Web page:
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The legendary Maracana stadium was modernised at a cost of more than 1 billion reais and now boasts room for 78,838 fans.
A massive press area was set up for the Confederations Cup and thousands of journalists covered the FIFA-organised final between Spain and Brazil in June
But now that the running of the stadium has been turned over to Rio authorities they are unable to find room to house the few hundred local and international reporters who want to cover the Brazilian Cup Final.
Several foreign correspondents have been refused permission to cover the game. The new Maracana’s press box “isn’t big enough for big matches,” admitted Eraldo Leite, Acerj’s president.
So, the biggest stadium in Rio and the most emblematic of all Brazilian grounds hasn’t built a press box big enough to handle press for big games. That forethought. That’s planning.
I came to Recife last year and took a public bus to the Ilha do Retiro to see the Sport-Ponte Preta game.
The ride was more memorable than the game. Passengers were thrown to one side and another as the driver careened round corners. People were quite literally shrieking with fear and begging him to slow down.
I took a taxi home as there was little public transport still running at midnight when the game ended.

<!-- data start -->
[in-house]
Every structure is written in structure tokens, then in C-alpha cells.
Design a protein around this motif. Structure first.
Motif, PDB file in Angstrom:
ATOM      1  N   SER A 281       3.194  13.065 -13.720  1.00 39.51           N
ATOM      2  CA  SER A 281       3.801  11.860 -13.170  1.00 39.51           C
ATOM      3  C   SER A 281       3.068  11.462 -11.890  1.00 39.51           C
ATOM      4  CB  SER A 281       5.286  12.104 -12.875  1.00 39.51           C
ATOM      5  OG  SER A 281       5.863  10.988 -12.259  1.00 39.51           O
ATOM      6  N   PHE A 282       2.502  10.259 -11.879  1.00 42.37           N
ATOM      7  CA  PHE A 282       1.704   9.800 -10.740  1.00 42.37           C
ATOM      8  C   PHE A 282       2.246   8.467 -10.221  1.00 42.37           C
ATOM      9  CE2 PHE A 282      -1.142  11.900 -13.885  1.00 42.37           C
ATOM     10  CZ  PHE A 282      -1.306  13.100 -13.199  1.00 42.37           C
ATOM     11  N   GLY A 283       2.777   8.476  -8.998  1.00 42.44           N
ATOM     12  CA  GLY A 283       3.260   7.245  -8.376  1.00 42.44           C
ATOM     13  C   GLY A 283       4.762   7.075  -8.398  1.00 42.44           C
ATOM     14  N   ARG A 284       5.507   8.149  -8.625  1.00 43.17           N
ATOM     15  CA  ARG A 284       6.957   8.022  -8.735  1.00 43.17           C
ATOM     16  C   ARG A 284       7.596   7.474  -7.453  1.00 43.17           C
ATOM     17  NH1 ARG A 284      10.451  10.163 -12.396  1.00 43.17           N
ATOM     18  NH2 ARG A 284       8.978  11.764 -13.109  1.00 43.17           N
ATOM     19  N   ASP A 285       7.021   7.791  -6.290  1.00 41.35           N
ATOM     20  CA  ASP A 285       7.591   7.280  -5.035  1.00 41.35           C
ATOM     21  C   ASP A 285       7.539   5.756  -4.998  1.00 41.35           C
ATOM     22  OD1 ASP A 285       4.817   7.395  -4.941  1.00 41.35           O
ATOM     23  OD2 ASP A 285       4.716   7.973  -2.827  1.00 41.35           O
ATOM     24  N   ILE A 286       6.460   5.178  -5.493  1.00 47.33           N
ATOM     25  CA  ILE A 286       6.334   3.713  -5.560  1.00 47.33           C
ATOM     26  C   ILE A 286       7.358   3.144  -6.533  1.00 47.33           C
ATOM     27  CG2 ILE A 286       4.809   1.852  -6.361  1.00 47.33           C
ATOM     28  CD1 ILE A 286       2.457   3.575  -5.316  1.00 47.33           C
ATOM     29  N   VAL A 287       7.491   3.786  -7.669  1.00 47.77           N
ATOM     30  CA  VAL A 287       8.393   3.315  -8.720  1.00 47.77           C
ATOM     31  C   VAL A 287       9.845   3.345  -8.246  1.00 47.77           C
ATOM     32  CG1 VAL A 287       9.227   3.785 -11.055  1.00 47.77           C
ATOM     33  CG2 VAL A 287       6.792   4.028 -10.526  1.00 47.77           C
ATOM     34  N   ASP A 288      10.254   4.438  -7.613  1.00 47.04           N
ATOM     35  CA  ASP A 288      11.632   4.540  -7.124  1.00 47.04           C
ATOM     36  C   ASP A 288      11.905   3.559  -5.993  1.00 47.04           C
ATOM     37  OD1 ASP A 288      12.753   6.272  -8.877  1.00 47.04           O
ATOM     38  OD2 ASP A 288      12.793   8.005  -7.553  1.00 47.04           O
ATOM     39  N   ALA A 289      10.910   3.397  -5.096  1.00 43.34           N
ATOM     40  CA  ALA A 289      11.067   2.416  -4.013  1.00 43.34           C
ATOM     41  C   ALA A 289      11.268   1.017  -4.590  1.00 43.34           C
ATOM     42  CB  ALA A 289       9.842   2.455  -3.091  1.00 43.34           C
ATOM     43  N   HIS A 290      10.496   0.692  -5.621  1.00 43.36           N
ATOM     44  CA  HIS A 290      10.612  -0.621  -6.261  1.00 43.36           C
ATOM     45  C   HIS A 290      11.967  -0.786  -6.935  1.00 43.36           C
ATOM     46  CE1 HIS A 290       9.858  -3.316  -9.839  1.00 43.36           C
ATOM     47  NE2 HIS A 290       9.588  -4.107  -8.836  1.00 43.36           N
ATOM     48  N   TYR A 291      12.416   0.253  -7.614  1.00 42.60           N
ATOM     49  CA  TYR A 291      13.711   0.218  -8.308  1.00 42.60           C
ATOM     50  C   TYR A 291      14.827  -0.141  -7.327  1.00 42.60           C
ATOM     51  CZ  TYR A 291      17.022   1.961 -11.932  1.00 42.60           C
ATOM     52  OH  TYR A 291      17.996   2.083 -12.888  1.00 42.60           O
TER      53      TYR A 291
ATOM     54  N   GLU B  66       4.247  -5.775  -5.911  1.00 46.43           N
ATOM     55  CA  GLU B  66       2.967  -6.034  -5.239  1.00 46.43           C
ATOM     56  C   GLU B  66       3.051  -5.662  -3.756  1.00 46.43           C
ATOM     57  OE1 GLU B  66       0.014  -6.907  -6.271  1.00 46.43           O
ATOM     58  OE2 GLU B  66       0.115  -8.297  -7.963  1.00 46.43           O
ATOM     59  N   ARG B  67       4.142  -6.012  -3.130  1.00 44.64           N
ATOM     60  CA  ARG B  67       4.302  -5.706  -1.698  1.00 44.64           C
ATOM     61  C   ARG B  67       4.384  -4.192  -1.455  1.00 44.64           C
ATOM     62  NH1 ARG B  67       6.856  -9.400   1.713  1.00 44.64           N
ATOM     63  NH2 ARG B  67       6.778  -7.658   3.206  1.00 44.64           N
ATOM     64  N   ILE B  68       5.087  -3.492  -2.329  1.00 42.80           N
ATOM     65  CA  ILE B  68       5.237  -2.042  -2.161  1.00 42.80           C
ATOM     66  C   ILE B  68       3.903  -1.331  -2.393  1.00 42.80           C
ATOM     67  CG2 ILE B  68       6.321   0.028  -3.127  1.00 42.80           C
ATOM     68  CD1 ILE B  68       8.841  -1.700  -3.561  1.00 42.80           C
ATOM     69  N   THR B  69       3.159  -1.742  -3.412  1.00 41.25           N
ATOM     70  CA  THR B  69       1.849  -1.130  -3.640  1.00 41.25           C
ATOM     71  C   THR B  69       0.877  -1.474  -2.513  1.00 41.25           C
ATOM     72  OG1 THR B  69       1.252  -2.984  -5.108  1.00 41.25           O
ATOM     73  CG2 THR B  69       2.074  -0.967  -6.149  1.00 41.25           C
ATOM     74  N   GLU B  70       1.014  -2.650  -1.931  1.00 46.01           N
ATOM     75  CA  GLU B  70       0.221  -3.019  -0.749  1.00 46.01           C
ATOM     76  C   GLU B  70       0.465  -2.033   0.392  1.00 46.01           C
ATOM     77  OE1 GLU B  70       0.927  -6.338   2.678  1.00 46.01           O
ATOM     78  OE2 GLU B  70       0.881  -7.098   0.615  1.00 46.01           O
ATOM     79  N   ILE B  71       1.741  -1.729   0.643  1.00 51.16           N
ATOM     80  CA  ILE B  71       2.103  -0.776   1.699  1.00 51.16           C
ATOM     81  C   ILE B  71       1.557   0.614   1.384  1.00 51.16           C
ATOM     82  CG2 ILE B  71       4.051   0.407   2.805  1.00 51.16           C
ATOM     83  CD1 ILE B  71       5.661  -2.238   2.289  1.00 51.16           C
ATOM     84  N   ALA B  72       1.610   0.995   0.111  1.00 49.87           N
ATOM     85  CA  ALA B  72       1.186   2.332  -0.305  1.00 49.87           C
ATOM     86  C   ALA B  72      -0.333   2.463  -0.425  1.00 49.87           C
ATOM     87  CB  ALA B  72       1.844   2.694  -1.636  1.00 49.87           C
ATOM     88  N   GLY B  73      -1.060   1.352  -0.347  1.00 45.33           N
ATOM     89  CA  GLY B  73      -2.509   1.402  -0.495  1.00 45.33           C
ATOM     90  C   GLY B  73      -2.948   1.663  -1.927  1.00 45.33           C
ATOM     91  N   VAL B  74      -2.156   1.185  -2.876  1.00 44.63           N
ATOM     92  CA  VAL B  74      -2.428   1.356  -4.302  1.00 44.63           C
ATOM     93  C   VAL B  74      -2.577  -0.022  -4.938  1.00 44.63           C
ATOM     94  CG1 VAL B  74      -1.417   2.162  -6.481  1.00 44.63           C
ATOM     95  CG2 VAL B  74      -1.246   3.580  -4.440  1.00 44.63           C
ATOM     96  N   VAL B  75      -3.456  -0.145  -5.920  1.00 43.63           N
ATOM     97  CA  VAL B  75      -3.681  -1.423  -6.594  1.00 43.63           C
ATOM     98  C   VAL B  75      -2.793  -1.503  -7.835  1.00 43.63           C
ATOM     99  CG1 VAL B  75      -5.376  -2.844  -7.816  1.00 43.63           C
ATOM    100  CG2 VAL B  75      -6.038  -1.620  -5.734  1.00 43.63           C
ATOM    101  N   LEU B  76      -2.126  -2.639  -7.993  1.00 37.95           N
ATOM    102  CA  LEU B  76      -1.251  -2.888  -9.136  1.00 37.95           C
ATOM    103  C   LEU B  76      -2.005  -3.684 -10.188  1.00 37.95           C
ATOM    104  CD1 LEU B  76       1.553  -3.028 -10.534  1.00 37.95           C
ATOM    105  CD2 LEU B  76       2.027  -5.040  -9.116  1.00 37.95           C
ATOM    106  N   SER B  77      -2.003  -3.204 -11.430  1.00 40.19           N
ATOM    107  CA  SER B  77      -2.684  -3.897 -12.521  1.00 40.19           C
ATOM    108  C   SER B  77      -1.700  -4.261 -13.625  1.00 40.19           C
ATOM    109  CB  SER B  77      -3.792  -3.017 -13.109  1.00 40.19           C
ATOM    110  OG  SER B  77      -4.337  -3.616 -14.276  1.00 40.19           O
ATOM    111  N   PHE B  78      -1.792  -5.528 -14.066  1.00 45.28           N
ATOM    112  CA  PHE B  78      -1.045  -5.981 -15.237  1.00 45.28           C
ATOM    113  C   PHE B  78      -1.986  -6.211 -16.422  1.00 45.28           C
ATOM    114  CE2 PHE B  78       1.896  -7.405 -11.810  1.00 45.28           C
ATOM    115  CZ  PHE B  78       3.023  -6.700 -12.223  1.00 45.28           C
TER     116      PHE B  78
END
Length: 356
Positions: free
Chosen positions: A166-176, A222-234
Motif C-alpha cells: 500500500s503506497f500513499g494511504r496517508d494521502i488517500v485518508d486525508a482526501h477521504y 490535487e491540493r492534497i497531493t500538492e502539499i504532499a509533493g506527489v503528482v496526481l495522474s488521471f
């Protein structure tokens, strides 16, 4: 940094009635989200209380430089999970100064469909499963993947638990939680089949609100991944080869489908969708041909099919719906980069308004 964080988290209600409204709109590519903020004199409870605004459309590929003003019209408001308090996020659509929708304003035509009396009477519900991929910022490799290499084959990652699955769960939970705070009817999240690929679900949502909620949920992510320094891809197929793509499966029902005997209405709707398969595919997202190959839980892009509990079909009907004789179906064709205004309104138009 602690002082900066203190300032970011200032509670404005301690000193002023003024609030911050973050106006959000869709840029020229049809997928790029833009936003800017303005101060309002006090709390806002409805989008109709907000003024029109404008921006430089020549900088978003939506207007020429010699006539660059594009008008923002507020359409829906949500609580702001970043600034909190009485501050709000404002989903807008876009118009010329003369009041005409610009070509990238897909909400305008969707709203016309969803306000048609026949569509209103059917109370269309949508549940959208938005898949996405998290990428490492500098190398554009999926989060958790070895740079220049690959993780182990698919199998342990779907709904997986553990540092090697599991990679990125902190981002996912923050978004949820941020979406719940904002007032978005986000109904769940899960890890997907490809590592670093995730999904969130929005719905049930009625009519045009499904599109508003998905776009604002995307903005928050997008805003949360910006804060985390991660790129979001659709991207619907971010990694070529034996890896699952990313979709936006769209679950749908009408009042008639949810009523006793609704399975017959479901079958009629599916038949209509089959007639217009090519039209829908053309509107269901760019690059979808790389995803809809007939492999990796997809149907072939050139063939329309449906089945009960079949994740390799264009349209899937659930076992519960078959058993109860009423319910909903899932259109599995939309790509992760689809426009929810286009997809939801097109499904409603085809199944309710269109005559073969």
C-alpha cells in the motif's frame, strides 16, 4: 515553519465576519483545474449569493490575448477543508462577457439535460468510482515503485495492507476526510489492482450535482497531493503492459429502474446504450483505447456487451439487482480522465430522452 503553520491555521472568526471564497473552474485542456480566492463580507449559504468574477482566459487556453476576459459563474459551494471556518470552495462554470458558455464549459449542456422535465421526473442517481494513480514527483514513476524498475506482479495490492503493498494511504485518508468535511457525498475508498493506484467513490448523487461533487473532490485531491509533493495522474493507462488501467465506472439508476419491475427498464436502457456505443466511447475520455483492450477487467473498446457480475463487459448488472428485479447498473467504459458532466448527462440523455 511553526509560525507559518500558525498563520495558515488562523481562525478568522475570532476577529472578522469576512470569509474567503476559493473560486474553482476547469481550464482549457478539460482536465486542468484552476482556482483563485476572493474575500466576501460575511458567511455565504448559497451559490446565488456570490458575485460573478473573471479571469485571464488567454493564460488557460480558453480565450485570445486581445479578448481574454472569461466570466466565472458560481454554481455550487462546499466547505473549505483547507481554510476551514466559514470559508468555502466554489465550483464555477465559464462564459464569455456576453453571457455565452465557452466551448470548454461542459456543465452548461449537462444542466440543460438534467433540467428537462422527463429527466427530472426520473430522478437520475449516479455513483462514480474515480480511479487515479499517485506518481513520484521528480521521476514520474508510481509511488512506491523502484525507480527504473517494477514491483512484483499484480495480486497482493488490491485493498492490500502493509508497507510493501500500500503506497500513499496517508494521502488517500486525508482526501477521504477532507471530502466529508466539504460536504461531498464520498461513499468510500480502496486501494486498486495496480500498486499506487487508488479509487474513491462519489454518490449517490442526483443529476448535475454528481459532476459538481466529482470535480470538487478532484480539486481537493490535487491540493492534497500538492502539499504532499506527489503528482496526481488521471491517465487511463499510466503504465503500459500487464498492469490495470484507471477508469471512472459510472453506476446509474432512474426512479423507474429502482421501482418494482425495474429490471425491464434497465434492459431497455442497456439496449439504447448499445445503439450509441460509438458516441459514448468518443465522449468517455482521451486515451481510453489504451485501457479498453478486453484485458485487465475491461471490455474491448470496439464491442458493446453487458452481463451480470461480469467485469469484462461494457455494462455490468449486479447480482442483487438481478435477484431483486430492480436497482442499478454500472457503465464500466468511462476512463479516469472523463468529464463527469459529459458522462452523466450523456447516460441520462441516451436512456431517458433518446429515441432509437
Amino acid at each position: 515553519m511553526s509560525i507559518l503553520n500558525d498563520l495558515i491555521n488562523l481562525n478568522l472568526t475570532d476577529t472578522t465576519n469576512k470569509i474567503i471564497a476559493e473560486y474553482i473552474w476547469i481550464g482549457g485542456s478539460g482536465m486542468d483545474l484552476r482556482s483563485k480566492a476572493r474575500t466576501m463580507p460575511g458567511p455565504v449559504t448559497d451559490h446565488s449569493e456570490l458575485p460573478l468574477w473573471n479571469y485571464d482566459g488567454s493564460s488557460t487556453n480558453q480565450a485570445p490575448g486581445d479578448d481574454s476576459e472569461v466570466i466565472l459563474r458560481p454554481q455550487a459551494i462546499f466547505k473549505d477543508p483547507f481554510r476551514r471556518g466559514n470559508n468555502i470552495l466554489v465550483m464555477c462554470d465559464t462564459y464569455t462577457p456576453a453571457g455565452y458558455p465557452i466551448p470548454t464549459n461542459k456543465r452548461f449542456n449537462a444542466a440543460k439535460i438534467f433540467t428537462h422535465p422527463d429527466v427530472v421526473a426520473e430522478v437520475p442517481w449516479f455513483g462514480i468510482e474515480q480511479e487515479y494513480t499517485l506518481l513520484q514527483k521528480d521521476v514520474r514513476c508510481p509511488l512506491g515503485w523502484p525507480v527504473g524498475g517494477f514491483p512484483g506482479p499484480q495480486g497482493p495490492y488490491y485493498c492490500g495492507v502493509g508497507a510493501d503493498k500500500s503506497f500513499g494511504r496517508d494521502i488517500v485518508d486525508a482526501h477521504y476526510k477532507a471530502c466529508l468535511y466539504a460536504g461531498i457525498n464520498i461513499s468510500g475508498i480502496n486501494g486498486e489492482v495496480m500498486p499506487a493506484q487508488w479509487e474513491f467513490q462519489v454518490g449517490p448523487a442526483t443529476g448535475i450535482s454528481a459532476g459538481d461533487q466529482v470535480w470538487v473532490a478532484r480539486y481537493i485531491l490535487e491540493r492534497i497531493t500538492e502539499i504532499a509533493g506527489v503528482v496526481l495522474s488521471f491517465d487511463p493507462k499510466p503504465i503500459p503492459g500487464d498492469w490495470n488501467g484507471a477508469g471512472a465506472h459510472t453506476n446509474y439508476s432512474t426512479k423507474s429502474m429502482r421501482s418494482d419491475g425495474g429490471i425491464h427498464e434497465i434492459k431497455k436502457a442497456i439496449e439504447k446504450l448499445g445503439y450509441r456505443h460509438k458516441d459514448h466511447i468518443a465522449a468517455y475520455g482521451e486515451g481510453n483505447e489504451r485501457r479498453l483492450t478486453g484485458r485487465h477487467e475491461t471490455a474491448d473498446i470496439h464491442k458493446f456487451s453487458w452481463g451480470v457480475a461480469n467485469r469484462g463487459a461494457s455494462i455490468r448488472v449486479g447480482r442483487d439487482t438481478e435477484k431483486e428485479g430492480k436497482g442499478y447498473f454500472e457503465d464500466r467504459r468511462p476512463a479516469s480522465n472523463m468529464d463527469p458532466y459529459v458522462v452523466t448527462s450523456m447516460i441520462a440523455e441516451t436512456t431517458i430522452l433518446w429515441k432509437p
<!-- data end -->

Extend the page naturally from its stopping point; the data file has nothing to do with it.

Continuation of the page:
On Sunday, I came to Recife’s sparkling new Arena Pernambuco to see Spain play Uruguay in the Confederations Cup. I was taken here and dropped off by an air-conditioned FIFA shuttle bus and got a nice seat in a beautiful stadium.
The two trips were both to see football matches in Recife but the only thing they had in common is 22 players, a ball and the trip along appalling roads filled with pot holes the size of televisions.
Much of the protests that erupted across Brazil last night are not against the World Cup per se. They are directed at the double standard of beautiful new stadiums being built for FIFA at a rush (and huge cost) while the government neglects much more necessary investment in hospitals, schools and sanitation.
This video was made by a friend and that sentiment is summed up by one girl around the 2:40 mark.
“We don’t have health, we don’t have education, we don’t have anything dignified,” she said. “The only thing that they gave us was a stadium. If our child is sick we don’t want to take him to a stadium. We want education for our children and decent health. We don’t have this in Brazil.”
Two of the worlds most powerful teams are warming up for the Confederations Cup with games against Haiti.
Spain beat them 2-1 on Sunday in Miami and the Haitians acquitted themselves well. Tonight they play Italy in Rio de Janeiro in a rematch of what was one of the most memorable World Cup games ever.
In 1974, Italy were among the favourites to win the World Cup and Haiti were playing in the tournament for the first and only time. Italy had gone two years without losing and famed goalkeeper Dino Zoff had not conceded a goal in 1142 minutes, then a world record.
Then Emmanuel Sanon came along and scored one of the greatest goals in the tournament’s history:
Twenty years later I lived in Haiti in 1994 and one of the highlights of the year was the World Cup.
When I arrived in Port-au-Prince in 1993 we got around six to eight hours of electricity a day, usually from around midnight to sunrise.
Then, at the start of 1994 the supply dried up. In some weeks we got just three hours, just enough to charge a car battery we used to power our laptops.